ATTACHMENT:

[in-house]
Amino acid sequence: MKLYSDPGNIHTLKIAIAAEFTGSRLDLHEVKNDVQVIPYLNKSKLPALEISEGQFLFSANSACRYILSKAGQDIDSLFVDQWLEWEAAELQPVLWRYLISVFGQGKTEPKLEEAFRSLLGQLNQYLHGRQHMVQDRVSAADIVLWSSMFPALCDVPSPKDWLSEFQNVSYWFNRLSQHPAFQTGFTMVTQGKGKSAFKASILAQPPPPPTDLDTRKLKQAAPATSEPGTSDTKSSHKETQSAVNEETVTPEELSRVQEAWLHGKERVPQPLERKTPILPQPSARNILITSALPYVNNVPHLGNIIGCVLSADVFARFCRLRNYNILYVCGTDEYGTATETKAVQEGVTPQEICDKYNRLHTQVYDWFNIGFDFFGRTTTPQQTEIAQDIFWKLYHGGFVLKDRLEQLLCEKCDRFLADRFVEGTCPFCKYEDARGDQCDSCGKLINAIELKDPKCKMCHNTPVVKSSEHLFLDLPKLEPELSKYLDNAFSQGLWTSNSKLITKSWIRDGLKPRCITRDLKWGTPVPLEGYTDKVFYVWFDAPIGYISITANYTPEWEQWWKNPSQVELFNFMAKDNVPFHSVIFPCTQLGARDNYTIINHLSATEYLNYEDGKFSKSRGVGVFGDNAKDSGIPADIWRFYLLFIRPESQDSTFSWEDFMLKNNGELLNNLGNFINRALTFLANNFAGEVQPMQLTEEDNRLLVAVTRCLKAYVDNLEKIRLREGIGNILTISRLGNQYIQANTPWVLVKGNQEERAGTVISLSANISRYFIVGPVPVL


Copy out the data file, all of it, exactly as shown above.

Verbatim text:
[in-house]
Amino acid sequence: MKLYSDPGNIHTLKIAIAAEFTGSRLDLHEVKNDVQVIPYLNKSKLPALEISEGQFLFSANSACRYILSKAGQDIDSLFVDQWLEWEAAELQPVLWRYLISVFGQGKTEPKLEEAFRSLLGQLNQYLHGRQHMVQDRVSAADIVLWSSMFPALCDVPSPKDWLSEFQNVSYWFNRLSQHPAFQTGFTMVTQGKGKSAFKASILAQPPPPPTDLDTRKLKQAAPATSEPGTSDTKSSHKETQSAVNEETVTPEELSRVQEAWLHGKERVPQPLERKTPILPQPSARNILITSALPYVNNVPHLGNIIGCVLSADVFARFCRLRNYNILYVCGTDEYGTATETKAVQEGVTPQEICDKYNRLHTQVYDWFNIGFDFFGRTTTPQQTEIAQDIFWKLYHGGFVLKDRLEQLLCEKCDRFLADRFVEGTCPFCKYEDARGDQCDSCGKLINAIELKDPKCKMCHNTPVVKSSEHLFLDLPKLEPELSKYLDNAFSQGLWTSNSKLITKSWIRDGLKPRCITRDLKWGTPVPLEGYTDKVFYVWFDAPIGYISITANYTPEWEQWWKNPSQVELFNFMAKDNVPFHSVIFPCTQLGARDNYTIINHLSATEYLNYEDGKFSKSRGVGVFGDNAKDSGIPADIWRFYLLFIRPESQDSTFSWEDFMLKNNGELLNNLGNFINRALTFLANNFAGEVQPMQLTEEDNRLLVAVTRCLKAYVDNLEKIRLREGIGNILTISRLGNQYIQANTPWVLVKGNQEERAGTVISLSANISRYFIVGPVPVL